Produced by the Royal College of Physicians of Edinburgh and Royal College of Physicians and Surgeons of Glasgow

Variant Creutzfeldt-Jakob disease and the risks from blood transfusion

  • Dr AC Ghani, Ph.D., Reader in Infectious Disease Modelling, Infectious Disease Epidemiology Unit, Department of Epidemiology and Population Health, London School of Hygiene and Tropical Medicine.
  • Dr P Clarke, Ph.D., Lecturer in Statistics, Infectious Disease Epidemiology Unit, Department of Epidemiology and Population Health, London School of Hygiene and Tropical Medicine.


196 people have died from vCJD in the UK since it was first detected in 1996. While the primary route of transmission has been through eating infected meat, concern has recently focussed on onward human to human transmission. In this article Dr Azra Ghani reviews vCJD and the risks from blood transfusion.

Key Points

  • Variant Creutzfeldt Jakob Disease (vCJD) belongs to a family of Transmissible Spongiform Encephalopathies.
  • Incidence of vCJD has been declining since 2000.
  • Genetic factors influence susceptibility to infection and the incubation period of the disease.
  • Uncertainty exists about the number of individuals harboring infection.
  • Risk of acquiring vCJD from blood transfusion is linked to the prevalence of infection, the rate at which blood is used, and the ages of the donor and the recipient.
  • Leucodepletion reduces infectivity by 40%.
  • Individuals who have previously received blood a transfusion are banned from giving blood.

Declaration of interests: This work was supported by the Department of Health. The views expressed in this publication are those of the authors and not necessarily those of the Department of Health.

Whilst the incidence of clinical cases of variant Creutzfeldt-Jakob disease (vCJD) has declined in recent years, concern has increased over the possibility of an epidemic arising through blood transmission. Here we review important aspects of the disease and its epidemiology and consider their implications for the risks from blood transfusion.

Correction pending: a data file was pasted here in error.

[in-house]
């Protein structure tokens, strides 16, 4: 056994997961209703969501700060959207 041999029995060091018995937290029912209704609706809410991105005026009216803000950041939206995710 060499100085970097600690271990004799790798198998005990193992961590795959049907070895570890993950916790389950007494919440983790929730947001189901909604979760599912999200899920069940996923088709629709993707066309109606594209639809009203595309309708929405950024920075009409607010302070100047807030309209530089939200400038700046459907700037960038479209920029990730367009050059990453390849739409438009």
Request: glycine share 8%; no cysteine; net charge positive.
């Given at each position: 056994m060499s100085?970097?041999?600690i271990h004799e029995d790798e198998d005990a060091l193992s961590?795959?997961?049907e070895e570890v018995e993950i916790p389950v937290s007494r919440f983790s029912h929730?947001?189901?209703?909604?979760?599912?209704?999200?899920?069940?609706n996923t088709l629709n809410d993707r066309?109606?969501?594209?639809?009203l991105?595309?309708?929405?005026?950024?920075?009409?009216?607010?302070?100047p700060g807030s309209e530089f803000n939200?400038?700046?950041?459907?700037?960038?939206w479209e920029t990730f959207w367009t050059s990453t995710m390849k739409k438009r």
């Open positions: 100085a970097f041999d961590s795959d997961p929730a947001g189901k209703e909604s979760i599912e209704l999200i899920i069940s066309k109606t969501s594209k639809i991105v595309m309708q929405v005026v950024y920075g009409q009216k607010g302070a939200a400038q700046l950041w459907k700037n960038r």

vCJD is one of a family of neurodegenerative diseases known as Transmissible Spongiform Encephalopathies (TSEs). The oldest known disease of this type is scrapie, which affects sheep and has been endemic in most parts of the world for over 200 years. Bovine Spongiform Encephalopathy (BSE) or ‘mad cow disease’ also belongs to this family of diseases. Human forms of the disease include CJD, Gerstmann-Straussler-Scheinker disease (GSS), fatal familial insomnia and kuru. The latter was first discovered in the 1950s among the Fore population in Papua New Guinea, with the epidemic resulting in approximately 2,500 deaths from 1957 onwards. The disease was transmitted through cannabilistic consumption of, or contact with, human tissues during funeral rites. Sporadic cases of CJD occur worldwide with an annual incidence of approximately one case per million of the population, whilst inherited forms of the disease are even rarer (approximately 10% of all cases of CJD). Transmissible Spongiform Encephalopathies are characterised by spongiform changes in the brain, neuronal loss and amyloid plaque formation, which occur with the accumulation of an abnormal protease-resistant prion in the brain. A particular characteristic shared by these diseases is a long and variable incubation period, typically of many years, during which there is little or no detectable immune response to the pathogen.


vCJD was first identified in the UK in 1996 and was distinguished from classical CJD by its different clinical presentation and neuropathology.1 Through March 2006 there have been 154 deaths from vCJD in the UK with a further six probable cases remaining alive. Elsewhere cases have been reported in Ireland, France, Italy, United States, Canada, Saudi Arabia, Portugal and Japan.

The incidence of deaths in the UK peaked in 2000 with 28 deaths and has declined thereafter with only 5 deaths in 2005. The median age at death has remained stable at approximately 28 years, with a significant excess of cases in those aged 10 to 40 years. This excess is most likely to be due to increased susceptibility in the young, but could also be due to greater exposure. Host genetics also influence susceptibility, with all clinical cases to date having a genetic characteristic shared by approximately 40% of the population (methionine homozygous at codon 129 of the prion protein gene). Recent findings have shown that other genetic groups are also susceptible to infection2 but to date no clinical cases have been observed.


The primary route of transmission of vCJD from cattle to humans is believed to occur through consumption of BSE-infecte